HERSCHEL B. EISENBERG
Herschel, born June 9, 1881, was the first member of the Ajzenberg family to leave Telechan and the first to immigrate to the United States. His sponsor was M. Scheresiwky (Moses Shereshevsky) of Hartford, Connecticut, his fiancées uncle.
Herschel made the trans Atlantic trip alone, in steerage, on the SS Vaderland of the Red Star Line. He sailed from Antwerp, Belgium on July 14, 1906, and arrived at New York on or about the 25th of July, ending an 11-day Atlantic crossing. Herschel was one of 154,500 Jews who immigrated to the United States that year.
The ship's manifest lists him as age 24, occupation tailor, and as having paid his own passage. Additionally a hand written memo states “Favus Recovered.” Favus is a skin disease, usually of the scalp, due to fungus. It was very common among immigrants. Favus is precisely the kind of disease that could keep someone out of the country. However, Herschel was young, obviously able to work, and that made the difference. His mother was not as fortunate, as we shall soon see.
Although Herschel’s final destination is listed as Hartford, he lived in Waterbury, Connecticut the first few years in the United States. He worked there as a peddler.
Two years later, in 1908, when he applied for citizenship he was still a Waterbury resident who now listed his occupation as ‘shop hand.’ His application describes him as having a dark complexion, 5’8¼” tall, 155 pounds with black thin hair and brown eyes.
By October 1911, the time of his petition for naturalization, Herschel, now Harry, he lived in Hartford. His occupation is recorded as ‘confectioner.’
Over the years Herschel had many different business ventures, many of which were not successful. His daughter Libby described him as having bad luck, not a good businessman and someone who others took advantage of.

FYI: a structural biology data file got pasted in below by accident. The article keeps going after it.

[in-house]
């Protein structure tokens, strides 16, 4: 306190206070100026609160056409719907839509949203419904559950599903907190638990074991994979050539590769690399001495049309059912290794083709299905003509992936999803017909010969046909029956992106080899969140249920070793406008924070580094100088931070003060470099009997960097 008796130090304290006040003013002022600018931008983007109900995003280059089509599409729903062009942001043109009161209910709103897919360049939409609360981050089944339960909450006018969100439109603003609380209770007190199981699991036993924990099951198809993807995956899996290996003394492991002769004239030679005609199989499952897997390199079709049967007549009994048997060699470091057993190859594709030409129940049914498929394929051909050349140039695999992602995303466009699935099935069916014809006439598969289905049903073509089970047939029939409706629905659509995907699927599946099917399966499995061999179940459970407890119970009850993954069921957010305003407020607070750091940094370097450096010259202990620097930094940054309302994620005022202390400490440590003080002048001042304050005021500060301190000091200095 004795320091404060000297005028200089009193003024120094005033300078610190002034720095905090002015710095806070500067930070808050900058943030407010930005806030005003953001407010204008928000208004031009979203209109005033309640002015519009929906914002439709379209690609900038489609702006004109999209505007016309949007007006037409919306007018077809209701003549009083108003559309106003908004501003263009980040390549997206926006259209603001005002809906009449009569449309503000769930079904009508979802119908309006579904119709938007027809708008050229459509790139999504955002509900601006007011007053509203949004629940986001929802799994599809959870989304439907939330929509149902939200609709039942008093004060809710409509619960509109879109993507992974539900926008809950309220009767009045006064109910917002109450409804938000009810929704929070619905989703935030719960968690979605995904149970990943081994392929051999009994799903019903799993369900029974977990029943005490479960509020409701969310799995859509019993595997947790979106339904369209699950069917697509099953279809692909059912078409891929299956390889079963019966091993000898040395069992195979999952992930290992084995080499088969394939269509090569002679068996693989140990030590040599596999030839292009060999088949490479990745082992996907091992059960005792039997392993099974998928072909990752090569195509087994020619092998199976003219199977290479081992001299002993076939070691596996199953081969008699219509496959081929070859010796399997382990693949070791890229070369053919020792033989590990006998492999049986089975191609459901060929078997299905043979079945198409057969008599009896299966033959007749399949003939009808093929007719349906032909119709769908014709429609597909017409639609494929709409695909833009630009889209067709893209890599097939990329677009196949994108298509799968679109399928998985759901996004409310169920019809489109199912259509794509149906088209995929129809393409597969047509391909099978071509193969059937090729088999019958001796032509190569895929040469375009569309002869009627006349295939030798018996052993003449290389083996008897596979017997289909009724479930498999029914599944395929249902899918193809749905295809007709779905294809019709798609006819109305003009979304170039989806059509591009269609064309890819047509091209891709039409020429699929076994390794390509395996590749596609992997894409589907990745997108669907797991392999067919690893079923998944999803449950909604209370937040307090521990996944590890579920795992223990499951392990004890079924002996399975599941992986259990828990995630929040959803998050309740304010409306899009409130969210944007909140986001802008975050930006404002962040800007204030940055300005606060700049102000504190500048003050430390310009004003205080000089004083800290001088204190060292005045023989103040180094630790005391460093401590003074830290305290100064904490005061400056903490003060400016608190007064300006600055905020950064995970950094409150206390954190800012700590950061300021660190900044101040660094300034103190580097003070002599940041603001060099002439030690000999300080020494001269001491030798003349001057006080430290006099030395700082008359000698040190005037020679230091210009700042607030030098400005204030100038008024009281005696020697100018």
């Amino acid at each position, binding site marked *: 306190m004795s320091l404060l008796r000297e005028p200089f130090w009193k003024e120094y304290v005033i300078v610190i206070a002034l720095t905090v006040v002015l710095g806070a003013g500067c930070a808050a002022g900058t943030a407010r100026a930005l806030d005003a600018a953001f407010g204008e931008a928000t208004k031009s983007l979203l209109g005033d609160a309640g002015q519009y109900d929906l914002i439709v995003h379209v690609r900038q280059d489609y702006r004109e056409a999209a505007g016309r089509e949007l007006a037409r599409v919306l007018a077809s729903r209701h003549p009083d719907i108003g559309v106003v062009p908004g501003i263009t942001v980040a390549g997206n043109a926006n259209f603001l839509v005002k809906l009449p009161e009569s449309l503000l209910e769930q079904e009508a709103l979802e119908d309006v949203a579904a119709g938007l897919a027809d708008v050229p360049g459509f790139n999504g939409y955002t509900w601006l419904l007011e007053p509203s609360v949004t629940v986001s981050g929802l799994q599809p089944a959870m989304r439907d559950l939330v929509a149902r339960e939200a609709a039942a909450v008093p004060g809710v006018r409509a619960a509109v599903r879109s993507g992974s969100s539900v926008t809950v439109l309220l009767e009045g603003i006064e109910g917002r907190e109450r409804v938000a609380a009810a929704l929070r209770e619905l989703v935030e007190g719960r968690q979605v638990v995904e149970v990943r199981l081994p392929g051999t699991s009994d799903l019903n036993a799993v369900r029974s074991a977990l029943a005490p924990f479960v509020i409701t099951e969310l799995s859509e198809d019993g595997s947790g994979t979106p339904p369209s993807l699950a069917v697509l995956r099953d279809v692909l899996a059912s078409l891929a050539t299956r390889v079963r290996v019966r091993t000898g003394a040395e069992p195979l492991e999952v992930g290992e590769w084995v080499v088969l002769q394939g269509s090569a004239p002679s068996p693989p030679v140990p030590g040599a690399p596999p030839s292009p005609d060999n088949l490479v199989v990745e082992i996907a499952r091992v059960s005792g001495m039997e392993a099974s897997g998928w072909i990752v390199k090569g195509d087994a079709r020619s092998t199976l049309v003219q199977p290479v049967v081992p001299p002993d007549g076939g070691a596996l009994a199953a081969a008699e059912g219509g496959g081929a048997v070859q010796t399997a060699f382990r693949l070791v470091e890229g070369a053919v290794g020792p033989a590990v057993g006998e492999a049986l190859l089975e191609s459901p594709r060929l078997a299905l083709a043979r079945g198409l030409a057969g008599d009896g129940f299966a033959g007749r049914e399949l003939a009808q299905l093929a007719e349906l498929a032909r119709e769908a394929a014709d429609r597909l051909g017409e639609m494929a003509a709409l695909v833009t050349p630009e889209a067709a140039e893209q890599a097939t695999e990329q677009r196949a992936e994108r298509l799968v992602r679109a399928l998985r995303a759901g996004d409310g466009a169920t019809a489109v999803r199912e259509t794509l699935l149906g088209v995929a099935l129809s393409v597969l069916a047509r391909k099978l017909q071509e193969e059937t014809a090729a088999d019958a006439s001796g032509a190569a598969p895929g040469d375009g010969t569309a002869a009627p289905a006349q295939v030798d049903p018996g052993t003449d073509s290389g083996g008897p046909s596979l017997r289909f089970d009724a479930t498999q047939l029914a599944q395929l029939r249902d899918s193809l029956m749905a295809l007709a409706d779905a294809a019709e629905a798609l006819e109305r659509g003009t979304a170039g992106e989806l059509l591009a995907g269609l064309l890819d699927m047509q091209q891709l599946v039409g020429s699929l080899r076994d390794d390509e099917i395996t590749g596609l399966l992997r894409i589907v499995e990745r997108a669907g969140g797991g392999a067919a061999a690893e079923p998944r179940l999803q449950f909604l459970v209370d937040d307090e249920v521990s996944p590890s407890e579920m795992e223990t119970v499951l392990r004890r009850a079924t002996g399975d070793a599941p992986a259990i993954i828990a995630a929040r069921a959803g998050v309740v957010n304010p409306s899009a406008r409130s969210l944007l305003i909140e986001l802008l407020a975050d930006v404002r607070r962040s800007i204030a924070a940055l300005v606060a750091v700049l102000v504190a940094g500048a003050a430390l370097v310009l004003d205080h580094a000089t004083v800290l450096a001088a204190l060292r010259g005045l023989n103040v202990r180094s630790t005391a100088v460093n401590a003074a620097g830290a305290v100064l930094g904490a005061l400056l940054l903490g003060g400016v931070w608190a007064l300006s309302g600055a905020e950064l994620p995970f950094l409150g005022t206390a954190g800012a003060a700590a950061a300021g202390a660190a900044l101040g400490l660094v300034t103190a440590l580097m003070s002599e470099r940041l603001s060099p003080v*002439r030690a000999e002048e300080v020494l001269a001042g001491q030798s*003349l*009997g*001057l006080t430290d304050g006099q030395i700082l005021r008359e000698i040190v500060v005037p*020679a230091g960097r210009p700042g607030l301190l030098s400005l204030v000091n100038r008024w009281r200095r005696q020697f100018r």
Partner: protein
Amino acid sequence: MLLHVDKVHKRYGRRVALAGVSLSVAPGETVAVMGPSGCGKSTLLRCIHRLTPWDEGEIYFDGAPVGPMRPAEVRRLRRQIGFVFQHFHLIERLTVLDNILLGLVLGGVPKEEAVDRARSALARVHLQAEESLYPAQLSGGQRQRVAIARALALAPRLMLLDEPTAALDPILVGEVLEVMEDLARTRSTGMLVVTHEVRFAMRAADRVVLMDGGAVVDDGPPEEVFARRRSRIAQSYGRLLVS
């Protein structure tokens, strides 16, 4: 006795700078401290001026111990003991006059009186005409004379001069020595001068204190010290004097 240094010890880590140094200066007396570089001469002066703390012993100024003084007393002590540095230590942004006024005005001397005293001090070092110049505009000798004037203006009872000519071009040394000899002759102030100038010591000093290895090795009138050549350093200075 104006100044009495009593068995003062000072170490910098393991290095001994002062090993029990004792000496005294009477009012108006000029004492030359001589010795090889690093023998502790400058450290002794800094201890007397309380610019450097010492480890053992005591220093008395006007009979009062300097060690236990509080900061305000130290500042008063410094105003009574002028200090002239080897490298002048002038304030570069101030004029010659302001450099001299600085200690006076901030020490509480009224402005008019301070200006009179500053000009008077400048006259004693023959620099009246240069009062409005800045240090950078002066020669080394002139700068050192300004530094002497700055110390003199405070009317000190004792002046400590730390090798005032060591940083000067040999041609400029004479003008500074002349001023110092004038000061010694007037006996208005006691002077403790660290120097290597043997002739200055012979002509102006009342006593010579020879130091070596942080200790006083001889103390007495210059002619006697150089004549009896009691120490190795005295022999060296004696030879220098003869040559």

Herschel’s wife, Fannie (nee Nirenstein) committed suicide in 1931 at age 44. At the time Libby was 22 years old and her brother Sam was 18. They did not know the cause of death until the funeral.
Herschel later remarried. Libby described his second wife, Rachel, as someone who expected a gentlemanly person and that her father was not ‘of that orientation’. As a life long Zionist Herschel wanted to settle in Israel, Rachel did not want to go, so they separated. She moved in with her sister and Herschel entered an old persons home in Israel. Herschel lived in Israel for two years and returned to the United States because he missed his family. He moved to California to be near his son, Sam.
HARTFORD JEWS/WHO WAS WHO
Merchant and Hebrew scholar. Born in Telechan, Russia, in 1881, son of Berel and Elka Eisenberg, he came to Hartford in 1905 where he resided until 1951. He conducted wholesale men’s neckwear businesses under the names of Eisenberg Neckwear Co. and Beacon Neckwear Co.
He was an early Zionist and was the first American to purchase a municipal bond for Tel Aviv in 1923. He lived in Tel Aviv in 1963 and 1964.
Harry Eisenberg was a scholar of Hebrew and Yiddish literature. He was a contributor of word origins for The Great Dictionary of the Yiddish Language. His poems have been published in the Jewish Day and in Israeli newspapers and magazines. He donated memorabilia to Jewish libraries in Los Angeles, Cincinnati, and Tel Aviv.
Died Sept. 22, 1968. Survivors: son Samuel (Los Angeles); daughter, Mrs. Libby Medrich (Larchmont, N.Y.); brother, S.C. (Hadera, Israel); sister, Mrs. Abraham Shub (Springfield).
 At 170 Copen Street
 At 177 Maple Street
 At 155 Sheldon Street
 Excerpt from Hartford Jews 1659-1970, Who Was Who, page 150-151
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